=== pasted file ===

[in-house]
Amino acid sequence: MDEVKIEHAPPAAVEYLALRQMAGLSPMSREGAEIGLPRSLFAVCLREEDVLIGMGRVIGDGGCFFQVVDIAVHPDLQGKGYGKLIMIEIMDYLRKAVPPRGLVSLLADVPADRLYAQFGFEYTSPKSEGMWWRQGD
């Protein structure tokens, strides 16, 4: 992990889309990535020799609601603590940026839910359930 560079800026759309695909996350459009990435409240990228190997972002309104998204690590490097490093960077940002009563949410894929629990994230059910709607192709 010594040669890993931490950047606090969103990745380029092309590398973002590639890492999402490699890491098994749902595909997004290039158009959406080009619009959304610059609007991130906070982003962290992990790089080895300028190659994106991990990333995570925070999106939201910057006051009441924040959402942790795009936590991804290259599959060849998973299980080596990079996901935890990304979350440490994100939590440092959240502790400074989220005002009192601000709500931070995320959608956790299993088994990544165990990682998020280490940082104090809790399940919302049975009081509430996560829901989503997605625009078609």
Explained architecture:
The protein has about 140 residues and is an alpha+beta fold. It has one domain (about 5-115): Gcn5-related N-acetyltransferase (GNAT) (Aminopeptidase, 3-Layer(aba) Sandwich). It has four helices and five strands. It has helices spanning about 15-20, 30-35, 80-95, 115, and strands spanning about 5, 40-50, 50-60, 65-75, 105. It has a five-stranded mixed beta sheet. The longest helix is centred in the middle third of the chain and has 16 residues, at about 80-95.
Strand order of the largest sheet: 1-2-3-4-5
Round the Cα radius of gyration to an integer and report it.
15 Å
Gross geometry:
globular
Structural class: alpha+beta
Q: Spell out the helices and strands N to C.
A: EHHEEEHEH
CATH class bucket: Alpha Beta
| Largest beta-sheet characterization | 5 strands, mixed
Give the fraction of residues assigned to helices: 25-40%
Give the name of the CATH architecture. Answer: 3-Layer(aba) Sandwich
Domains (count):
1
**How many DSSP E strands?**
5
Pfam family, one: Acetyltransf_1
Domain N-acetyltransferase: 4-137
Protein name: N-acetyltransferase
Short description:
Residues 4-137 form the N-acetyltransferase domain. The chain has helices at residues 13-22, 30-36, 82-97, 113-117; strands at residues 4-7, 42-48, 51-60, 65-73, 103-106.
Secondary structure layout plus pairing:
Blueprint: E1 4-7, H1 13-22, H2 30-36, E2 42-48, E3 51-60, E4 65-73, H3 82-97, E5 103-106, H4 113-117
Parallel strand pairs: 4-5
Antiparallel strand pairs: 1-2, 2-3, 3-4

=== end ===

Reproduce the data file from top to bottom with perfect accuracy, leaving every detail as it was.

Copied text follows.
[in-house]
Amino acid sequence: MDEVKIEHAPPAAVEYLALRQMAGLSPMSREGAEIGLPRSLFAVCLREEDVLIGMGRVIGDGGCFFQVVDIAVHPDLQGKGYGKLIMIEIMDYLRKAVPPRGLVSLLADVPADRLYAQFGFEYTSPKSEGMWWRQGD
């Protein structure tokens, strides 16, 4: 992990889309990535020799609601603590940026839910359930 560079800026759309695909996350459009990435409240990228190997972002309104998204690590490097490093960077940002009563949410894929629990994230059910709607192709 010594040669890993931490950047606090969103990745380029092309590398973002590639890492999402490699890491098994749902595909997004290039158009959406080009619009959304610059609007991130906070982003962290992990790089080895300028190659994106991990990333995570925070999106939201910057006051009441924040959402942790795009936590991804290259599959060849998973299980080596990079996901935890990304979350440490994100939590440092959240502790400074989220005002009192601000709500931070995320959608956790299993088994990544165990990682998020280490940082104090809790399940919302049975009081509430996560829901989503997605625009078609």
Explained architecture:
The protein has about 140 residues and is an alpha+beta fold. It has one domain (about 5-115): Gcn5-related N-acetyltransferase (GNAT) (Aminopeptidase, 3-Layer(aba) Sandwich). It has four helices and five strands. It has helices spanning about 15-20, 30-35, 80-95, 115, and strands spanning about 5, 40-50, 50-60, 65-75, 105. It has a five-stranded mixed beta sheet. The longest helix is centred in the middle third of the chain and has 16 residues, at about 80-95.
Strand order of the largest sheet: 1-2-3-4-5
Round the Cα radius of gyration to an integer and report it.
15 Å
Gross geometry:
globular
Structural class: alpha+beta
Q: Spell out the helices and strands N to C.
A: EHHEEEHEH
CATH class bucket: Alpha Beta
| Largest beta-sheet characterization | 5 strands, mixed
Give the fraction of residues assigned to helices: 25-40%
Give the name of the CATH architecture. Answer: 3-Layer(aba) Sandwich
Domains (count):
1
**How many DSSP E strands?**
5
Pfam family, one: Acetyltransf_1
Domain N-acetyltransferase: 4-137
Protein name: N-acetyltransferase
Short description:
Residues 4-137 form the N-acetyltransferase domain. The chain has helices at residues 13-22, 30-36, 82-97, 113-117; strands at residues 4-7, 42-48, 51-60, 65-73, 103-106.
Secondary structure layout plus pairing:
Blueprint: E1 4-7, H1 13-22, H2 30-36, E2 42-48, E3 51-60, E4 65-73, H3 82-97, E5 103-106, H4 113-117
Parallel strand pairs: 4-5
Antiparallel strand pairs: 1-2, 2-3, 3-4